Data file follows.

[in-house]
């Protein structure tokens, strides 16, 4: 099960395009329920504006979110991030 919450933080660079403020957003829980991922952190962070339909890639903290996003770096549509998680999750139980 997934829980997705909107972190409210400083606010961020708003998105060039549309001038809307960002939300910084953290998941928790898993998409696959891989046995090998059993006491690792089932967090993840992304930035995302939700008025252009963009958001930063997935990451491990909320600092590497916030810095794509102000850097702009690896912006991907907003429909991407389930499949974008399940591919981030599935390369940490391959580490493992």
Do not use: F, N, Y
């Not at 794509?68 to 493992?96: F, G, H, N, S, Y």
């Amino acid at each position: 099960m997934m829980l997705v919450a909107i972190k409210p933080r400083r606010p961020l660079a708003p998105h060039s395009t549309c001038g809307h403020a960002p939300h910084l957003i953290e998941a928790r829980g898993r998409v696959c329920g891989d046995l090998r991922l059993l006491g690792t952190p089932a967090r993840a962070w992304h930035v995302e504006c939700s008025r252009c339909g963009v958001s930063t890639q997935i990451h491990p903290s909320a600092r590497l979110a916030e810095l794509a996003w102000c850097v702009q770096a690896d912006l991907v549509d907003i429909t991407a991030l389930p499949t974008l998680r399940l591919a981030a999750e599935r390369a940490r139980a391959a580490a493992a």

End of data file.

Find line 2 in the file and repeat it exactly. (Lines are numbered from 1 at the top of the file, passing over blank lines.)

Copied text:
């Protein structure tokens, strides 16, 4: 099960395009329920504006979110991030 919450933080660079403020957003829980991922952190962070339909890639903290996003770096549509998680999750139980 997934829980997705909107972190409210400083606010961020708003998105060039549309001038809307960002939300910084953290998941928790898993998409696959891989046995090998059993006491690792089932967090993840992304930035995302939700008025252009963009958001930063997935990451491990909320600092590497916030810095794509102000850097702009690896912006991907907003429909991407389930499949974008399940591919981030599935390369940490391959580490493992």